I'm not joking.
Really I'm not. If you have any sort of squeamish stomach, you should stop reading now.
I've warned you! If you read on, it's at your own risk. I am not responsible for the contents of your stomach past this line.
M1 had a fish die the other day. He discovered it behind the neon-colored (and yet often covered by algae) ceramic jar he has on the bottom of his fish tank.
As I was fishing it out - no pun intended - he said to me, "Mom, can I keep it?"
"Can you what???"
"Can I keep it and study the bones?"
This is where I realized that I've truly crossed some sort of line in between normal parent and home-educating parent of Science Boy.
"Sure, stick it in the lizard tank."
Now... lest ye think I'm *completely* bonkers, let me back up a tad. When the lizard died a week or two ago, I thought about cleaning out the entire vivarium, but I'm lazy and it didn't happen yet, even though the chickens will enjoy it when I do. The lizard tank had long been a self-sustaining mealworm farm as long as I occasionally threw in some of this stuff we'd bought to feed crickets ages ago, so we had beetles and worms galore scooting around the tank.
And when the lizard died, the beetles and worms... kind of... well...
They munched on it.
So I figured they'd do the same with the fish.
Look away now if you've gotten this far out of morbid curiosity but have a weak stomach in reality.
This is day 1. M1 was very excited to see how quickly the beetles and worms flocked to their new dinner. And he took a picture.
By the next morning, they had completely cleaned out the carcass. Completely. All that was left was skin and bones. The only good thing about this entire process was there was no smell whatsoever! (Ok, so then M1 decided that if the skin was WET, they'd eat the skin, and he sprayed it with water and I freaked about the potential for smell because I don't want Eau de Decomp in my house and told him to leave the heat lamp on so it'd dry out as quickly as possible, which he did and it did and all was right again... well... as right as it gets when you have a dead fish in a lizard tank being consumed by worms and beetles... yeah, I'm special...)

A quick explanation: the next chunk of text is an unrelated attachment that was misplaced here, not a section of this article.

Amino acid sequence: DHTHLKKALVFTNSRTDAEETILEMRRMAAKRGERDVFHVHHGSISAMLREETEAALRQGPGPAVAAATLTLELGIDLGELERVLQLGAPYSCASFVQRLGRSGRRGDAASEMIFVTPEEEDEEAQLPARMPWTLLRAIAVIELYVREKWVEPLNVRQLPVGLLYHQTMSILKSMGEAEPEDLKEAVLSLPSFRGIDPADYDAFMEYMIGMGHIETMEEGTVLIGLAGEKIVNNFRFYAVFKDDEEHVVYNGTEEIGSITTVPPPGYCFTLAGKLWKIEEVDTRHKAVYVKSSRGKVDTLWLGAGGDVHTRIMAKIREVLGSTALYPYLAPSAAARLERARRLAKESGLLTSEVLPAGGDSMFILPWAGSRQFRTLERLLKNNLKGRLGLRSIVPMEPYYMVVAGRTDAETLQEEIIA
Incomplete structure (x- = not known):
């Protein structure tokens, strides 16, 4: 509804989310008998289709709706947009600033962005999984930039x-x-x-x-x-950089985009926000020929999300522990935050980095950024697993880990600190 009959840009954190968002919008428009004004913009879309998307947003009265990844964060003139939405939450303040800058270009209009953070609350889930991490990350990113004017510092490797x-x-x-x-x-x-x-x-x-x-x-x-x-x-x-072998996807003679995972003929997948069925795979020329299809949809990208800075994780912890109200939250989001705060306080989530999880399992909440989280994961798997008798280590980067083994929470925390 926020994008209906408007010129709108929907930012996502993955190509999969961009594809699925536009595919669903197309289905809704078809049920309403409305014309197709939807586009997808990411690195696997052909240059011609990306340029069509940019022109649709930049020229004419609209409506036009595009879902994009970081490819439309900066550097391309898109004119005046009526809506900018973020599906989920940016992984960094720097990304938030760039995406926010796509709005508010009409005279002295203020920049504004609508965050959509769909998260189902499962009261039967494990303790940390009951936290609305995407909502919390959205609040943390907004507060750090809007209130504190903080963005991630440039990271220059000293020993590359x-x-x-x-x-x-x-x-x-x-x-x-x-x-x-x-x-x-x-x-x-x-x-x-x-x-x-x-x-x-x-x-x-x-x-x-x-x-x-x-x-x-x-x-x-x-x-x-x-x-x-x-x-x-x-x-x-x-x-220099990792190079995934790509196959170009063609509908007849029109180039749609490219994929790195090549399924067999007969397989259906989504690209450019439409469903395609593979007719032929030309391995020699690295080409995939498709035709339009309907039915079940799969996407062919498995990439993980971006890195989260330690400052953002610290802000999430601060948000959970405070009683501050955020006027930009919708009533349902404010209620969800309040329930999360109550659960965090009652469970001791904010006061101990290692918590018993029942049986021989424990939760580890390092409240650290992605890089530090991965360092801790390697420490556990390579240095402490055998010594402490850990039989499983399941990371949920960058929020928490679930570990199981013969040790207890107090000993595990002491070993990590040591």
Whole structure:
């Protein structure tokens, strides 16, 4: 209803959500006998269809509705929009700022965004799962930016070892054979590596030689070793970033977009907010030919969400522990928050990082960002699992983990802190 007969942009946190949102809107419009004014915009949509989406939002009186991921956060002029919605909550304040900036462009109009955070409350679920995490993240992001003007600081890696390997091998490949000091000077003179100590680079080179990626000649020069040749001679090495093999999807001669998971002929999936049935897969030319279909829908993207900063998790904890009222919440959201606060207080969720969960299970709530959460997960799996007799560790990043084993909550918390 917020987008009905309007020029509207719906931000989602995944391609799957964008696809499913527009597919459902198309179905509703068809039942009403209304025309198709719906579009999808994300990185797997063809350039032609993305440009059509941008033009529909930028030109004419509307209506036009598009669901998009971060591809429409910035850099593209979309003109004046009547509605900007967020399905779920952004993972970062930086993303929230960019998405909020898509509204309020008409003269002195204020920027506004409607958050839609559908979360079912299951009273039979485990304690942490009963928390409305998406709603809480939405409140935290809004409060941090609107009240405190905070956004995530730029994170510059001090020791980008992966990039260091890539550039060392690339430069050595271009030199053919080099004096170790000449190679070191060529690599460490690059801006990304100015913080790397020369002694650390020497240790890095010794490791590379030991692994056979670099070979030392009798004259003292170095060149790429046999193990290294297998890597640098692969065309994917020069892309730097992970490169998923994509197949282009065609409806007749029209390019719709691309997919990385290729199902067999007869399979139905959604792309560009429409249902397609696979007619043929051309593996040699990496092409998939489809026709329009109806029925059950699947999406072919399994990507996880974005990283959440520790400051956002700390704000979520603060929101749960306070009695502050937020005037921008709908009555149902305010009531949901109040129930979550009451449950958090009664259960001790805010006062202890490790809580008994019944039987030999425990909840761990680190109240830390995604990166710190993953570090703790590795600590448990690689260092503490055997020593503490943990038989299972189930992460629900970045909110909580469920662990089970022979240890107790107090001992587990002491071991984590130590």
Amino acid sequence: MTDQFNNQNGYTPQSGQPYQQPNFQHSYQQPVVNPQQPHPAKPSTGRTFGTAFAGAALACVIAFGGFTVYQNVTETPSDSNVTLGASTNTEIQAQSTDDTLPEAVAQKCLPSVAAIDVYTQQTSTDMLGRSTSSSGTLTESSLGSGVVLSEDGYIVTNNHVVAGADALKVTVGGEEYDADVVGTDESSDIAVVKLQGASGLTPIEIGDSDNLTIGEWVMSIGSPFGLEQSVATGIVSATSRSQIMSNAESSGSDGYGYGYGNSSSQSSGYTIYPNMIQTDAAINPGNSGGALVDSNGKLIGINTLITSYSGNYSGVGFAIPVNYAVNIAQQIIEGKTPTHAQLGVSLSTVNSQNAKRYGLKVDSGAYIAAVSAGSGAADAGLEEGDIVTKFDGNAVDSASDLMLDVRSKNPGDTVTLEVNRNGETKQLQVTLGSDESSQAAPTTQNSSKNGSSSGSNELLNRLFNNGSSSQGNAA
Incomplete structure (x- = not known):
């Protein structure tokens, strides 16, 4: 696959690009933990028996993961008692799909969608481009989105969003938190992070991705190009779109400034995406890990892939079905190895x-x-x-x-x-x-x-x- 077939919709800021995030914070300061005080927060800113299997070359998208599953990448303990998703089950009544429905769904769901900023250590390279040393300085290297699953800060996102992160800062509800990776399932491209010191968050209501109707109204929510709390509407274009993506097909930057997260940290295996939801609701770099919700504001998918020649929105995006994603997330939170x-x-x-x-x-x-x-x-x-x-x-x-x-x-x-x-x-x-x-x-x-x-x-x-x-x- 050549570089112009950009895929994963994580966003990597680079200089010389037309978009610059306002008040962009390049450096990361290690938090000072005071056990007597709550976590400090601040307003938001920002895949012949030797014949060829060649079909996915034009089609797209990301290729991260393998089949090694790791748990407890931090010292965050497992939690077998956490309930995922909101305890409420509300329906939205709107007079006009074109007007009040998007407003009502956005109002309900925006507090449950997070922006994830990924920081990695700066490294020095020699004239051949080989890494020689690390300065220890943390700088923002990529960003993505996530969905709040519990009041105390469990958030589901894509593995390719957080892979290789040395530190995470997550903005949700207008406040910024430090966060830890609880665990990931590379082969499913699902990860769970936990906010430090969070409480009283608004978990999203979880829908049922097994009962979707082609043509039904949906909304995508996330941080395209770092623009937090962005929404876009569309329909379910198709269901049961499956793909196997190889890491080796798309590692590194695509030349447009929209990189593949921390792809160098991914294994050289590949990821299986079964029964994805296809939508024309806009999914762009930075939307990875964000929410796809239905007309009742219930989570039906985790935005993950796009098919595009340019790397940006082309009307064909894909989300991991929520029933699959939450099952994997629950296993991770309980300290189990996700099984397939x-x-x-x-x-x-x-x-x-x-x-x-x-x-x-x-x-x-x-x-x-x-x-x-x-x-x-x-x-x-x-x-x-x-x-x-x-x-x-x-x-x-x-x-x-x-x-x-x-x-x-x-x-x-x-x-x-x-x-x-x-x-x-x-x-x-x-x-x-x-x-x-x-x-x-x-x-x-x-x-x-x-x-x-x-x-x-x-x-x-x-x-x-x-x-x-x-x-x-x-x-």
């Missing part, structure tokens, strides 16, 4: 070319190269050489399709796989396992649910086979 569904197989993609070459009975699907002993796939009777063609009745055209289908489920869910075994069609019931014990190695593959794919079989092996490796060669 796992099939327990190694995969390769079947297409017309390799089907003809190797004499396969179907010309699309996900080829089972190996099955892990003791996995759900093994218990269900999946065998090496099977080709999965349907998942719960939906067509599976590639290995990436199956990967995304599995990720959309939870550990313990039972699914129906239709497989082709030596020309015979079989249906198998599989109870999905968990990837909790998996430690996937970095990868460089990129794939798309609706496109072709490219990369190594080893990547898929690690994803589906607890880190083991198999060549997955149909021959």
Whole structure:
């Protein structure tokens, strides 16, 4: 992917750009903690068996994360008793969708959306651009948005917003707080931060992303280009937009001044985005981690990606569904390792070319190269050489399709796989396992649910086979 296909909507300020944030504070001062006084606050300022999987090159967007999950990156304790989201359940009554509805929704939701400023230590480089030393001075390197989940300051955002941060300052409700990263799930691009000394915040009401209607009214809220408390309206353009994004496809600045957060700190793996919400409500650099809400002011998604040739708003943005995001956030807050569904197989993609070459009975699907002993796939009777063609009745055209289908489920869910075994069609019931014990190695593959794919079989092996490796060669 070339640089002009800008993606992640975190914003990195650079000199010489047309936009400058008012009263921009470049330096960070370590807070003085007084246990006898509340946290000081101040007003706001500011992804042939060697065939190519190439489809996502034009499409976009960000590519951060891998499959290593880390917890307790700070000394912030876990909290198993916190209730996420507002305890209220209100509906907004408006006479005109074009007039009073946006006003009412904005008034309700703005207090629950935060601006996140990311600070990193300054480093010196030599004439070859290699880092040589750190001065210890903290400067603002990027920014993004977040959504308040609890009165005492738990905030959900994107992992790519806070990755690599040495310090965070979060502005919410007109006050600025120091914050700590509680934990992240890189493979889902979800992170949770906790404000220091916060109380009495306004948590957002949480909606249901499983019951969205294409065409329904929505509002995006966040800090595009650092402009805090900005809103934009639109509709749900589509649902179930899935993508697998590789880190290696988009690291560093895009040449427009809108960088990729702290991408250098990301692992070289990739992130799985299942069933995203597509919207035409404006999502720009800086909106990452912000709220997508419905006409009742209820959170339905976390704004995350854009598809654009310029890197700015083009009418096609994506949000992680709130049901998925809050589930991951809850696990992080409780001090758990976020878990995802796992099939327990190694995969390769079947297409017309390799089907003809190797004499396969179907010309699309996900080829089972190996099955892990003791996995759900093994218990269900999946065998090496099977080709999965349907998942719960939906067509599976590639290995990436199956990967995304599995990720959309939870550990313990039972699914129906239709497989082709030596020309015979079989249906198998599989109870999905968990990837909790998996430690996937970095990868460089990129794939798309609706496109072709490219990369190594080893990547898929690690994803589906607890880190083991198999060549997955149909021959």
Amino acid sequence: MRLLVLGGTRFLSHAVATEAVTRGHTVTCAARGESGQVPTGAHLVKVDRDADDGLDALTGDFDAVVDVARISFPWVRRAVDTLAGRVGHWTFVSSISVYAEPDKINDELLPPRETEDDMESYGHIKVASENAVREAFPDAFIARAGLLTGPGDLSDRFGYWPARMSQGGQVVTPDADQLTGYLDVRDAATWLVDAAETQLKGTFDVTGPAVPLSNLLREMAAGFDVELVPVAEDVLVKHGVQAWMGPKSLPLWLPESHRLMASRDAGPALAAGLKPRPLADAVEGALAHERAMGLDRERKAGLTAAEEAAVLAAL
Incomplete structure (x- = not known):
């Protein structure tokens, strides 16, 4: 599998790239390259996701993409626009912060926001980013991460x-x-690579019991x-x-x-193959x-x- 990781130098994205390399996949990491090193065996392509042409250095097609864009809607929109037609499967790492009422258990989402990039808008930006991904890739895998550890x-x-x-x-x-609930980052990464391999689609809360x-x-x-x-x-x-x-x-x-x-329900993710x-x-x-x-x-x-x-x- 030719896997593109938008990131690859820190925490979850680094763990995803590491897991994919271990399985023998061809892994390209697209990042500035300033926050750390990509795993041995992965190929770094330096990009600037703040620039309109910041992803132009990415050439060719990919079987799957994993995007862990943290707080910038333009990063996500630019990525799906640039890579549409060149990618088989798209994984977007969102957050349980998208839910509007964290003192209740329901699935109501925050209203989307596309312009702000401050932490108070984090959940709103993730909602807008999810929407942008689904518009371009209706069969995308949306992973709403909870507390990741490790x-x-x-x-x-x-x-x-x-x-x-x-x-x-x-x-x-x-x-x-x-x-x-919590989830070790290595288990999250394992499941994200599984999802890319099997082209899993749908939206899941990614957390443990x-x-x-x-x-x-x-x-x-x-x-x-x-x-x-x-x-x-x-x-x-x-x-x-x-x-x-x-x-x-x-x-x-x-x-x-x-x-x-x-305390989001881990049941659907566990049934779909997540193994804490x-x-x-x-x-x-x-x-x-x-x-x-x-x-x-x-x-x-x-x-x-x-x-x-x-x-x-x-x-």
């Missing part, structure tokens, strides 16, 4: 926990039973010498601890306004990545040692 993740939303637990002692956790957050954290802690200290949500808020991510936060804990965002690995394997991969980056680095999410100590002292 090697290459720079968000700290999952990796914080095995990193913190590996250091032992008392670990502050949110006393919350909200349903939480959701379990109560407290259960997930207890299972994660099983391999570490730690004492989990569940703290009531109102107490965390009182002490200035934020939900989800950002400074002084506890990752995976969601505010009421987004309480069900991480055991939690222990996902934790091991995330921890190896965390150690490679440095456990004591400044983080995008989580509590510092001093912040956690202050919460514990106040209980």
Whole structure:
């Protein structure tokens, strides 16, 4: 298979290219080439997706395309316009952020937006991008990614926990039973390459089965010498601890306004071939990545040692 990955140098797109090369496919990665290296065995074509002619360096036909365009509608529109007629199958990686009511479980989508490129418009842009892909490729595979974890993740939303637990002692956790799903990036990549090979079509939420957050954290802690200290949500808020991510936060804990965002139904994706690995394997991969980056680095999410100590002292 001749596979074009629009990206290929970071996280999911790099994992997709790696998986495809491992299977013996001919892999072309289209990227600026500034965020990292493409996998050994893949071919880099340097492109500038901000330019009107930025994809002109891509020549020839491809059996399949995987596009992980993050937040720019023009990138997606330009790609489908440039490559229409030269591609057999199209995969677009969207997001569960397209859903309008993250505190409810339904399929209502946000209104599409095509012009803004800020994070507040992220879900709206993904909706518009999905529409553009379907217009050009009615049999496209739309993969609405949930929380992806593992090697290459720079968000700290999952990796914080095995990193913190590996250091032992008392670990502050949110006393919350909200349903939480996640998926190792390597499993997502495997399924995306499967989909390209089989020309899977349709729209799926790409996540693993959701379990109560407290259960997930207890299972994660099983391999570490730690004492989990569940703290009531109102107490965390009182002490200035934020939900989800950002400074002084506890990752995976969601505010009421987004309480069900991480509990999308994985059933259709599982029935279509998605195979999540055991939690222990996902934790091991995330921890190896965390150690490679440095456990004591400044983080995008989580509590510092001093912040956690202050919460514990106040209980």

Then M1 took the carcass and parked it under his microscope (I really need to get him a nicer one... but good LORD, they're expensive) and checked it out.
These are his observations. I have told him that as long as he understands his writing - he's dysgraphic - I'm not worried about spelling for things like scientific observations. He likes that. Oh, and he would like you to know that on Day 2, it's supposed to say, "Eyes *GONE* and skin split." Because that makes it better.
Sorry. I do know better. I just can't help myself.
Finally he put the dried out skeleton into a glass jar and wrote a label for it with the common name "golden gourami" on one side and the scientific name "Trichogaster trichopterus" on the other.
And then he threw a fit because I made him learn to pronounce the Latin name properly.
And when his next fish dies, he wants to dissect it so he can see its heart.
Heaven help me, I'm not ready for this. Pass the Latex gloves, surgical mask, goggles, and puke bucket. This could get worse before it gets better.